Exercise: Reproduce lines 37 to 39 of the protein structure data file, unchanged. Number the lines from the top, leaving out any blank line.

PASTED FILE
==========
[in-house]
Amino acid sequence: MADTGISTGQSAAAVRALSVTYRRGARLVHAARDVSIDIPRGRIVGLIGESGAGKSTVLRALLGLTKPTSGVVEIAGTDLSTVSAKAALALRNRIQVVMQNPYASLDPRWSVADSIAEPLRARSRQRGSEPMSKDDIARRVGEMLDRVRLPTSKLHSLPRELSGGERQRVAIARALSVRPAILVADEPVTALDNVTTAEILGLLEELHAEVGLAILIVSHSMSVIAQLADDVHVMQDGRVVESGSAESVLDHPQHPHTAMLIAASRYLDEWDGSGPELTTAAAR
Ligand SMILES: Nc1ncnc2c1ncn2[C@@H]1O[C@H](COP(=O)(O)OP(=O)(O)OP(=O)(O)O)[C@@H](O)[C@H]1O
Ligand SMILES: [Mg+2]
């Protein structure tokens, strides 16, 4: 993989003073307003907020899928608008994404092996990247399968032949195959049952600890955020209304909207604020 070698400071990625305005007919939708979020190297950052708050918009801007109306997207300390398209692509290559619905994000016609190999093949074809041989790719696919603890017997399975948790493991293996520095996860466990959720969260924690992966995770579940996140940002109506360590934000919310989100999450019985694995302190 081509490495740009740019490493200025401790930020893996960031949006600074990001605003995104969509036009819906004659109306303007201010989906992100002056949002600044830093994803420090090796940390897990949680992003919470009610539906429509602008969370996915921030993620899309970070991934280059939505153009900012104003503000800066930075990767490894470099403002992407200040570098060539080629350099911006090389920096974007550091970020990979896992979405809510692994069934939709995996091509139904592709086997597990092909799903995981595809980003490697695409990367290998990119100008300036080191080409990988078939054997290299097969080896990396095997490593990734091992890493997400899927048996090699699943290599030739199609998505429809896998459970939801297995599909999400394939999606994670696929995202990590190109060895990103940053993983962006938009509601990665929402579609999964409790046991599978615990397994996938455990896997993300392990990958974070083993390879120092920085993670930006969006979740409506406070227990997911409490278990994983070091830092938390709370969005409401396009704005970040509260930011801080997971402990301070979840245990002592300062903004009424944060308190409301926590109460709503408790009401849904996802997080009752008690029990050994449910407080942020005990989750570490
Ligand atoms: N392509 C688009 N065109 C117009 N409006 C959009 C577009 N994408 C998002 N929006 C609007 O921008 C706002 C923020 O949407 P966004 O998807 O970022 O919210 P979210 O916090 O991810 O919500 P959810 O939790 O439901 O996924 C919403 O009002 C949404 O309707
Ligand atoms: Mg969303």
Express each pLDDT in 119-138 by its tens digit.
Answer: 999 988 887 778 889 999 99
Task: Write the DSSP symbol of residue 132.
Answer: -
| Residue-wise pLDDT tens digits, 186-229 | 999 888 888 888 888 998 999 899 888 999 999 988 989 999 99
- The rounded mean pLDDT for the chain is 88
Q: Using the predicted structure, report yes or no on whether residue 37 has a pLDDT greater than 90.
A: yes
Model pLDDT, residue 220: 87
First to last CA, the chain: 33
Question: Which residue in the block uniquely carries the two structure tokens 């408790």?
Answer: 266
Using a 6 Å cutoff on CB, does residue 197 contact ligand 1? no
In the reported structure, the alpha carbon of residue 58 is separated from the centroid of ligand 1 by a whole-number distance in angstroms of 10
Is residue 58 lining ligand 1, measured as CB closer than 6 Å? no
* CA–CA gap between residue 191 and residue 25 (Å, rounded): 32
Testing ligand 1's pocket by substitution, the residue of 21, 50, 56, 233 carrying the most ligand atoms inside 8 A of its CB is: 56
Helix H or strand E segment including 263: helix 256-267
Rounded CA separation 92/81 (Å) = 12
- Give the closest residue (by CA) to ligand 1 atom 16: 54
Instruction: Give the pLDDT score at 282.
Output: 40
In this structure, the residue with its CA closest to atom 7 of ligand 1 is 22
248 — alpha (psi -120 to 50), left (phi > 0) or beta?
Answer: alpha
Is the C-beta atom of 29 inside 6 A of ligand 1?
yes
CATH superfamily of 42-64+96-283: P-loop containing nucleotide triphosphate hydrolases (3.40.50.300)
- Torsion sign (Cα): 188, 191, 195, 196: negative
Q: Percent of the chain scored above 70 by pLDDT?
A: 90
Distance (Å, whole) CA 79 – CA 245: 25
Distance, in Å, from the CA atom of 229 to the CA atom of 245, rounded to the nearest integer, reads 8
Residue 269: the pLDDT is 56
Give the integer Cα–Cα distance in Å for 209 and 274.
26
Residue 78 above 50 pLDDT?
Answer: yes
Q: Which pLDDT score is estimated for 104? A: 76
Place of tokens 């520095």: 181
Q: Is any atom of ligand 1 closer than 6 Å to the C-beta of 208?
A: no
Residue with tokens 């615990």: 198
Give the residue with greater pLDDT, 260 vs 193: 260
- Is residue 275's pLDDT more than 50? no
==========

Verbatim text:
Q: Percent of the chain scored above 70 by pLDDT?
A: 90
Distance (Å, whole) CA 79 – CA 245: 25